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Subject > Weapons, Equipment and Fortifications > Fortified Sites

Date > 1800 > 1800-1809

The Military Art of the American Northwest

Type: Document

War in the Pacific Northwest centred around the canoe, which could be up to 20 metres long. Flotillas of canoes would attack enemy villages, hoping to capture prisoners to keep as slaves. Coastal forts of cedar logs were to be found, used to help control and tax maritime trade.

Site: National Defence

British at Fort Chambly

Type: Document

After the Conquest in 1760, the British moved into Fort Chambly. This website describes the role of the fort during the invasion of Canada by the Americans in 1775-1776 and again in the War of 1812.

Site: Parks Canada

The Budding Explorer: Samuel de Champlain: Activity

Type: Interactive Resource

Help the ghost of Samuel de Champlain regain his memory of Canada`s national historic sites in an interactive game for younger children.

Site: Parks Canada

York Redoubt - History

Type: Document

In 1793, at the outbreak of war between Britain and revolutionary France, harbour batteries were hastily erected to secure Halifax from attack by sea. In the 19th century York Redoubt and the Citadel used signal flags to keep each other informed of ships' movements. During the First World War, the site was used as barracks for assigned infantry and for troops waiting to go overseas. Early in the Second World War, the Redoubt was the nerve centre for harbour defences, and included an anti-submarine net. York Redoubt remained in military use until 1956.

Site: Parks Canada

Saint-Louis Forts and Châteaux National Historic Site of Canada: Roles and Functiions of Colonial Governors-Three Spheres of Influence

Type: Document

The governor’s influence extended locally, regionally and across the continent.

Site: Parks Canada

Coteau-du-Lac National Historic Site of Canada: A Multi-Purpose Structure

Type: Document

The site at Coteau-du-Lac represented a major point of transit for British military logistics efforts. Between 1781 and 1814, the army developed large-scale infrastructures on the site, which testify to the importance the colonial authorities attached to improving and protecting transportation and communications along the route linking Montréal and Kingston.

Site: Parks Canada

Signal Hill National Historic Site of Canada: History

Type: Document

With its obvious strategic location, Signal Hill became the site of harbour defences from the 18th century through the Second World War. The last battle of the Seven Years' War in North America was fought here in 1762.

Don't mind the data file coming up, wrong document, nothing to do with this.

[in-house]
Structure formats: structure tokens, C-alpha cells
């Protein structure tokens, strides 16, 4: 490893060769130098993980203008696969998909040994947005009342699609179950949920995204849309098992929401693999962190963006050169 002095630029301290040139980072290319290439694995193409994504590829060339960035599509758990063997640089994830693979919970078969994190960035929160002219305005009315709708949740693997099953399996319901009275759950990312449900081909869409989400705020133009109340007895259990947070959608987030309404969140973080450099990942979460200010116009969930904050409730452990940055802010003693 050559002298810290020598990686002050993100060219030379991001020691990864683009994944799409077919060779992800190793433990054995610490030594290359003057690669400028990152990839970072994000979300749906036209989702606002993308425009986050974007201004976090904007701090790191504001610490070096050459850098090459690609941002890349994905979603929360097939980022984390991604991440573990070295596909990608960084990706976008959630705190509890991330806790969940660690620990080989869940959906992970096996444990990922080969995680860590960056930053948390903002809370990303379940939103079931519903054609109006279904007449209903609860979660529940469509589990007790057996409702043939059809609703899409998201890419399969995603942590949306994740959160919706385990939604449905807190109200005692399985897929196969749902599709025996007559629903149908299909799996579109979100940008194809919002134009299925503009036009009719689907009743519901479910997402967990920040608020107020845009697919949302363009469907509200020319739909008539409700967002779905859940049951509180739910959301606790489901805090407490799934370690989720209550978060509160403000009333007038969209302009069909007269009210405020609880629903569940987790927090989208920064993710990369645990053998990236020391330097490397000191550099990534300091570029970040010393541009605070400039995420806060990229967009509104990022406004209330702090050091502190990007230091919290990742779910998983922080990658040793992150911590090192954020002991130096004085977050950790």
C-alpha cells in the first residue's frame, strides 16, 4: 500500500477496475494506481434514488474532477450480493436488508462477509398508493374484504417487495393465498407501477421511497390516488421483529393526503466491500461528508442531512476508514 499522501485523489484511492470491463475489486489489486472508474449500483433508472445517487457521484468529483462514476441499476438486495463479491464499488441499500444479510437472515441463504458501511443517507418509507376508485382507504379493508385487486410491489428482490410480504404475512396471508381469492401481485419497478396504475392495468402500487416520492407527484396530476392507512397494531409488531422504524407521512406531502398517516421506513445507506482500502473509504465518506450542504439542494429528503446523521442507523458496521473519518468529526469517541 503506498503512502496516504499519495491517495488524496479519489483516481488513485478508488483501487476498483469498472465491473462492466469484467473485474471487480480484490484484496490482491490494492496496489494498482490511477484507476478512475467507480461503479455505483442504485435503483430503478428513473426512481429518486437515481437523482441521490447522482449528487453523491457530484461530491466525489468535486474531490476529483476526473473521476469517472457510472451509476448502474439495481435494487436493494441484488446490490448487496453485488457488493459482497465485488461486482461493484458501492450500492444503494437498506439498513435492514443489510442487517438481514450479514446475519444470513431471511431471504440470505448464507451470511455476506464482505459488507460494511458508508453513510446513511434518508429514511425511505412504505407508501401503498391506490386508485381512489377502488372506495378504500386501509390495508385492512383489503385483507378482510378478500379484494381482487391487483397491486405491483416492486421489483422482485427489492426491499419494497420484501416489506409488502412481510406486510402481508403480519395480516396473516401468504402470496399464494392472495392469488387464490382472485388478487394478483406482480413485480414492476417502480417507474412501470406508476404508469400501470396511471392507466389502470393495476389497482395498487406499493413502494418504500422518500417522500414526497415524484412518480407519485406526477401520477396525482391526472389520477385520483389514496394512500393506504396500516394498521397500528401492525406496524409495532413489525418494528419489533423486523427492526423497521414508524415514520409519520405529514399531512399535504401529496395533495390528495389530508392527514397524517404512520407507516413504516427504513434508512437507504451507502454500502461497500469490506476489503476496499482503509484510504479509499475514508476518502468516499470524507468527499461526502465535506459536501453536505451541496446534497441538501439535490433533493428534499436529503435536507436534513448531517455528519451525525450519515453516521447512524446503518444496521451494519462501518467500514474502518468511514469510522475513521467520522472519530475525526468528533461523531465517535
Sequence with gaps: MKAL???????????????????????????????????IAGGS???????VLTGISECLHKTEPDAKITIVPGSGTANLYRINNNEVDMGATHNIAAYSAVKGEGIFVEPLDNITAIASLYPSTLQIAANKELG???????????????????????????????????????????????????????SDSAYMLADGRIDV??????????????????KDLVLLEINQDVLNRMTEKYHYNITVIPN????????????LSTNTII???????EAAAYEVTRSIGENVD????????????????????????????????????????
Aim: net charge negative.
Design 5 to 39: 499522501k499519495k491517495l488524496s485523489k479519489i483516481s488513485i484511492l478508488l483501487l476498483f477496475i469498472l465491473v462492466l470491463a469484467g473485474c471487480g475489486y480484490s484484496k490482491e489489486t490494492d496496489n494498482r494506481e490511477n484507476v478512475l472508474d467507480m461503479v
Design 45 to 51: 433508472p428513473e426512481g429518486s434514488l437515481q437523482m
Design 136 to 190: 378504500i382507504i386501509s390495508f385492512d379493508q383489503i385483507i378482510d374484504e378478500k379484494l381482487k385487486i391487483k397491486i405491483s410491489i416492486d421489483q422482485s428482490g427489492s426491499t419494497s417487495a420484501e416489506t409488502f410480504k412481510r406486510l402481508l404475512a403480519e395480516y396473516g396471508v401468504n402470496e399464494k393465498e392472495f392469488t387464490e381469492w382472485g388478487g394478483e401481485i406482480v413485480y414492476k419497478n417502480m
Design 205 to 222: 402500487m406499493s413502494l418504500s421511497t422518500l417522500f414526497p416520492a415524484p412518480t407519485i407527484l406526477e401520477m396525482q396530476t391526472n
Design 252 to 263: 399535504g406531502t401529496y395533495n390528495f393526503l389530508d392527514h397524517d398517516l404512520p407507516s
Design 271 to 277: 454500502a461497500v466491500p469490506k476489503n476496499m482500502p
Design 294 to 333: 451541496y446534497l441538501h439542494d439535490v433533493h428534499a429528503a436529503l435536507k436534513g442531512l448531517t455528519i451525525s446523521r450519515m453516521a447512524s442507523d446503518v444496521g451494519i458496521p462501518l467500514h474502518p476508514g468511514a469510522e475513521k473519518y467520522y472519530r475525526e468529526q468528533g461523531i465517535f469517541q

Site: Parks Canada

Before the Loyalists - Fort George National Historic Site of Canada

Type: Document

This page explains the importance of river and lake systems for the settling of European explorers, traders and colonials throughout Upper Canada the Atlantic coast and Quebec. Includes maps of the established water routes into the interior of North America.

Site: Parks Canada

Fort George, Upper Canada

Type: Image

In 1794, Jay’s Treaty led to withdrawal of British forces from Fort Niagara. In 1796, work began on Fort George at Newark (present-day Niagara-on-the-Lake, Ontario), directly across the Niagara River from the older fort. Fort George was the scene of several battles during the War of 1812. It is now a major National Historic Site. The wooden palisade at the centre of this photograph sits on top of the earth-built curtain wall linking two of the fort's six stone bastions, one of which can be seen at the end of the palisade. To the left is a part of the ditch (or 'covered way') surrounding the fort, along with an further earthwork known as a ravelin. The ravelin, with its own wooden palisade and small blockhouse inside, made it more difficult for any attacker to assault the curtain wall.

Site: National Defence

Saint-Louis Forts and Châteaux National Historic Site of Canada: Govenors at Work and Leisure - Bit of History

Type: Document

...the château was also the governor’s residence, it was an important living environment and cultural centre. There were many receptions, under both the French and English regimes.

Site: Parks Canada